Christopher High softball coach Amanda Tellez believes ace Gabriella Howard has pitched every single game for the Cougars for the last three-plus seasons, which is a remarkable feat and displays Howard’s durability and consistency.
“She’s pitched every game since her freshman year, and we plan on her doing the same this season,” Tellez said. “Gabriella is very positive and upbeat, and she has a calming presence about her. Her pitching is very effective—I want to say she uses four pitches—and she’s very versatile. We can trust her to throw to any batter in any situation and really change it up. She has all the tools.”
Howard is one of four returning seniors, including Isabella Delgado, Amanda Bombino and Sarah Starks, a UC Davis-signee. A first baseman, Starks possesses a potent bat and came into the first practice in the best shape of her career.
“She was in good shape last year, but you can tell she worked extra hard in the off-season to prepare for this season,” Tellez said. She stepped it up on her own, her bat is still strong and her skills are still there, if not better.”
Delgado, a left fielder, hits around the six spot and leads by example, Tellez said. Delgado has the potential to be a powerful hitter, and possesses some key intangibles, like hustling on every play and transferring what’s done in practice to the games.
“She doesn’t speak up a lot, but you can tell by her actions she’s a ballplayer and gets the job done,” Tellez said.
Bombino, a catcher, didn’t play for the Cougars last year and also possesses the ability to hit with power, produce extra-base hits and drive in runs.
“She’ll be a great asset in the lineup as well,” Tellez said. “Her and Gabby are good friends, which helps on the field. They trust each other and Gabby knows you have a good player behind the plate who can take charge of the game.”
The Cougars have some terrific sophomores, including third baseman Bianca Duarte, center fielder Emily Budelli, utility Nina Taylor, and right fielder Ashley Fong.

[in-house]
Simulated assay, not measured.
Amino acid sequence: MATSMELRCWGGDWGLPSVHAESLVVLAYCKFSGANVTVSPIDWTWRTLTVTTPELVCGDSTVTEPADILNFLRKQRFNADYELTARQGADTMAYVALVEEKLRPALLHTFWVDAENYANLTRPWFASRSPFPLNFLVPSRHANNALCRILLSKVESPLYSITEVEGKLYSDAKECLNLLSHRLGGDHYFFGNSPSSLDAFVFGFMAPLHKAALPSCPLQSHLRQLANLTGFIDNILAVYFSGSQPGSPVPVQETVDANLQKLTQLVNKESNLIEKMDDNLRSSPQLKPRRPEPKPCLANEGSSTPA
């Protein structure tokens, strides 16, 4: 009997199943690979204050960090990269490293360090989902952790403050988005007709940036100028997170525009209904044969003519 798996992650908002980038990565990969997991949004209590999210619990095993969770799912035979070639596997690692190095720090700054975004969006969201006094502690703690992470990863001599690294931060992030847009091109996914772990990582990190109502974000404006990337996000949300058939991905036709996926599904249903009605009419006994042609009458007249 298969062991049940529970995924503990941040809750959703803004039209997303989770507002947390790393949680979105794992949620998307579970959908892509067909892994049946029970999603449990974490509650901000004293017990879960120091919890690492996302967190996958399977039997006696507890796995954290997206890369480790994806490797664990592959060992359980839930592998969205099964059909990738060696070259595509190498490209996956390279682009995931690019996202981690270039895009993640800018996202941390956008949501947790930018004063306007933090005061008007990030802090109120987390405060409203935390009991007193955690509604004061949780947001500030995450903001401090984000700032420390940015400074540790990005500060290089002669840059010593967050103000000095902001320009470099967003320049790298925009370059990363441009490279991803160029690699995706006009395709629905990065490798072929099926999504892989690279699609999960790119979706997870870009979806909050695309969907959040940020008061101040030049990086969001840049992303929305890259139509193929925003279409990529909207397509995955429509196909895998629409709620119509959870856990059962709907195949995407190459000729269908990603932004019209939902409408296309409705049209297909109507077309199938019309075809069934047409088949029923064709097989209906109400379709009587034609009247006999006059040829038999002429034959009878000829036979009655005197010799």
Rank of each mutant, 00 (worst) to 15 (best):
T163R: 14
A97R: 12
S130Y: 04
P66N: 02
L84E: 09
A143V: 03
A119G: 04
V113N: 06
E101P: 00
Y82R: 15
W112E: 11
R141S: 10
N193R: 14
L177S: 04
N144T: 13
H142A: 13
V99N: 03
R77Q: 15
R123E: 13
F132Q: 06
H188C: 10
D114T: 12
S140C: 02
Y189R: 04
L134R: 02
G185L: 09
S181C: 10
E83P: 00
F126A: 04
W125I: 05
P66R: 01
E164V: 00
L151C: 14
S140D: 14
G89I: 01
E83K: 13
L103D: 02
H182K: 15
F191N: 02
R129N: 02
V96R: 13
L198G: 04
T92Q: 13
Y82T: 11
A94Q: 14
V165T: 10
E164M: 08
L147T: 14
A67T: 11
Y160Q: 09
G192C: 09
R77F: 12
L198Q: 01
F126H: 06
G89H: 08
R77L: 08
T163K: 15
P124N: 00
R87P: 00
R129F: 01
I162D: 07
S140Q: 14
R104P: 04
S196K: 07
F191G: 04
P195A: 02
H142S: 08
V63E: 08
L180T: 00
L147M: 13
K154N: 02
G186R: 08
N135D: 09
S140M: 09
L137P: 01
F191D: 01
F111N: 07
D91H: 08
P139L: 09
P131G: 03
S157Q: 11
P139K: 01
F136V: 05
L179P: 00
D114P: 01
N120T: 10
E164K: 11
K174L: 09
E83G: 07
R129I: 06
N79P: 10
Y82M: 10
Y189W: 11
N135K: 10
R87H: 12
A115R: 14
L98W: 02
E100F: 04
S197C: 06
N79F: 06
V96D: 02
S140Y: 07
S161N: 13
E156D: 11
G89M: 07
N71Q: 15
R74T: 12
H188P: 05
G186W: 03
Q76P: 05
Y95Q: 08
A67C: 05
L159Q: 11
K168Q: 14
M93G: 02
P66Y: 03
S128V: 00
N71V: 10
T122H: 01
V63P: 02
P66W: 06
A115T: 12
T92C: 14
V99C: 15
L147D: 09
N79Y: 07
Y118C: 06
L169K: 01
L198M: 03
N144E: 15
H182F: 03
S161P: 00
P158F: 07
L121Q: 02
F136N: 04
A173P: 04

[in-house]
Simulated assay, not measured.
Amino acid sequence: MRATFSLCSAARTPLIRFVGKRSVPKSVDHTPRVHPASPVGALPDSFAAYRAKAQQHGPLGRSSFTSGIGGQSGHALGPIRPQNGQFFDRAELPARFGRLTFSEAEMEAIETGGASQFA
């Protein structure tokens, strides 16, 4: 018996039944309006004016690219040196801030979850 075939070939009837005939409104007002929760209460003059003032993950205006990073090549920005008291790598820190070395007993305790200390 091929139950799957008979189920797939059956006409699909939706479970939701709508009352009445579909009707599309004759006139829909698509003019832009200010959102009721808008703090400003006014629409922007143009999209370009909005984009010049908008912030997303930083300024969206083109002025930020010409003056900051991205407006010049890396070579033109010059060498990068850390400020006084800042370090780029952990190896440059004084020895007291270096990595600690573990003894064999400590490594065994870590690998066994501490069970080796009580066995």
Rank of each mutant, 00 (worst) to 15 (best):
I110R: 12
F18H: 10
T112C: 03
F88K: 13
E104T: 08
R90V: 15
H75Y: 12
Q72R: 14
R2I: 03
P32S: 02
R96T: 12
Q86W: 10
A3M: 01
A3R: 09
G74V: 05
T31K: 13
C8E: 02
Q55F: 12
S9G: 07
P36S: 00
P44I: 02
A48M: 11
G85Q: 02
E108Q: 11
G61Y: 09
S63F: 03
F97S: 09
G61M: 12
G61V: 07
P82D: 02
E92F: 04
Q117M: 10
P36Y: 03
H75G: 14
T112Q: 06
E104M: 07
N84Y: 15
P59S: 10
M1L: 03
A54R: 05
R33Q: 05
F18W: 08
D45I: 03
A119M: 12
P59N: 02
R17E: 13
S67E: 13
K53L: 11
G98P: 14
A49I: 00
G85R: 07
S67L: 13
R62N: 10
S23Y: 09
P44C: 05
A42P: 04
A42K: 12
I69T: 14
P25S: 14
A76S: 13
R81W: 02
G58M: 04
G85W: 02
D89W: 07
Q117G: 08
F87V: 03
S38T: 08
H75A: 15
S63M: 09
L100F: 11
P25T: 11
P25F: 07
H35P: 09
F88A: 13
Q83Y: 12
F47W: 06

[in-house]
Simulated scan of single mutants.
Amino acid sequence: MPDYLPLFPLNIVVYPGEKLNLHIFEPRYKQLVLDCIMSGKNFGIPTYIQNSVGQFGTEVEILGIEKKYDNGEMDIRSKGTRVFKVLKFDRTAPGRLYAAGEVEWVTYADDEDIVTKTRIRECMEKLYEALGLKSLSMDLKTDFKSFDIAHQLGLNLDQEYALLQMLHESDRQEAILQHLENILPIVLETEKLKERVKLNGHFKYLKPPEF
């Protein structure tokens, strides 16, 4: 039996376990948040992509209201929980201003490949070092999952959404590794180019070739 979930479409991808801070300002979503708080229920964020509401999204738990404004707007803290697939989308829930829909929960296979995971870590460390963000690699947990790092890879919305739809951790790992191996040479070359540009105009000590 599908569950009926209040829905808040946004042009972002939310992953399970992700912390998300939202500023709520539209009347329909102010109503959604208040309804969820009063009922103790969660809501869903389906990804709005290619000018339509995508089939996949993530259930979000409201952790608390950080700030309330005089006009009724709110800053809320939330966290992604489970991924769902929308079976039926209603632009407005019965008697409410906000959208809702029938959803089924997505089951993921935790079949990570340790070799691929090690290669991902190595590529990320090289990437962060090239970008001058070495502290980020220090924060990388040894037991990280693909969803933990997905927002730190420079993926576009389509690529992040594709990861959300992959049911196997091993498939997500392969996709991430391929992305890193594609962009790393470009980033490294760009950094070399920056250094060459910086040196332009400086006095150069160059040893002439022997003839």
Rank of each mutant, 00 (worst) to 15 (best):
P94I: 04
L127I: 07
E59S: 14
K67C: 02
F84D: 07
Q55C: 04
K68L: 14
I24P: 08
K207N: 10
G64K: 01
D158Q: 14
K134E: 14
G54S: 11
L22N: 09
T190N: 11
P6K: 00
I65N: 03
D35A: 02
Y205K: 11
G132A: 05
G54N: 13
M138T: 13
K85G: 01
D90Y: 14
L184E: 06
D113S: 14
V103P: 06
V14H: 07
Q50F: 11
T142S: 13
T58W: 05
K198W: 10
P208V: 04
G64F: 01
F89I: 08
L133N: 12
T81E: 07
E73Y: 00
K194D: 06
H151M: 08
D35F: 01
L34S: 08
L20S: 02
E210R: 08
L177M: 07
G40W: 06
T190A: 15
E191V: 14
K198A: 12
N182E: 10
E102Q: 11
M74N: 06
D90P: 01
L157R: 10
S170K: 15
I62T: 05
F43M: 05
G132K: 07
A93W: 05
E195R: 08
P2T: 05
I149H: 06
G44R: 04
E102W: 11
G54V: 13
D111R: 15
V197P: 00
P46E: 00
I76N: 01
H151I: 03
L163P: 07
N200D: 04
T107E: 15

“It’s amazing to see how much Ashley has improved since last year,” Tellez said. “She’s pretty quiet, but you can tell she’s worked very hard to get to this point. I’m excited to see how much more her game develops.”
Christopher also has six freshmen on the roster, a surefire sign that the program reloads instead of rebuilds. One of those freshmen, starting shortstop Karissa Smith, possesses plenty of skills and natural ability.
“Karissa has a great attitude, is quick and plays hard,” Tellez said. “She has skills that I can’t quite describe and put into words.”
Kaylee Smallen starts at second base and does whatever it takes to get the job done.
“She’s advanced, quick and a scrappy hitter,” Tellez said. “She’s pretty advanced skill-wise and will be a nice contributor to our team.”
Beyond setting goals numbers-wise, Starks has placed a premium on instilling in the younger players an example of what it takes to play at the four-year level. For the freshmen who are seeing Starks for the first time, there is perhaps no better example to learn from. Starks never takes shortcuts and is diligent in everything softball-related, especially when it comes to putting in extra time to improve.
“I do work outside of practice to really help produce a physical goal, but my main goal is to really inspire the younger girls and get them into working harder, not just in practice but outside of practice,” Starks said. “Get them to upgrade their game to the next level and develop in them an intrinsic motivation to get better.”
Starks has been impressed with several of the underclassmen, with Smith and Smallen standing out as freshmen.
“Those two girls are strong middle infielders who have been able to step up to the plate really well,” Starks said. “Shortstop and second base are two of the most important roles on the field, and you have to be agile and quick to get to balls and have a wider range of motion. They’ve been doing really well, and I love playing with them. Even though I’m not a middle infielder, I do see with their work ethic a little bit of myself in them when I was their age. They’re both skilled and have a lot of potential, and I can see them ending up playing in college in the future.”
The Cougars entered Tuesday’s game against Gilroy at 1-3-1, having just picked up their first win of the season, a 17-0 drubbing of Evergreen Valley. Starks knows the team is still getting familiar with each other and developing the chemistry needed to play to its potential.
“There is still a lot of progress that needs to be made, but that was a good first step,” she said. “The nice thing is we’re willing to work, put up a fight and compete to get ourselves to a place we want to be.”
Emma Horn, Mikayla Verni, Emily Baumgartner, Hannah Smith and Isabella Suarez all have the potential to make an impact, whether it’s Verni catching, Horn and Suarez utilizing their speed and Baumgartner and Verni providing a no-fear attitude.
“Emily is as tough as nails and gets right in there with the older girls and gives them a run for their money,” Tellez said. “That’s what you want to see out of your freshmen.”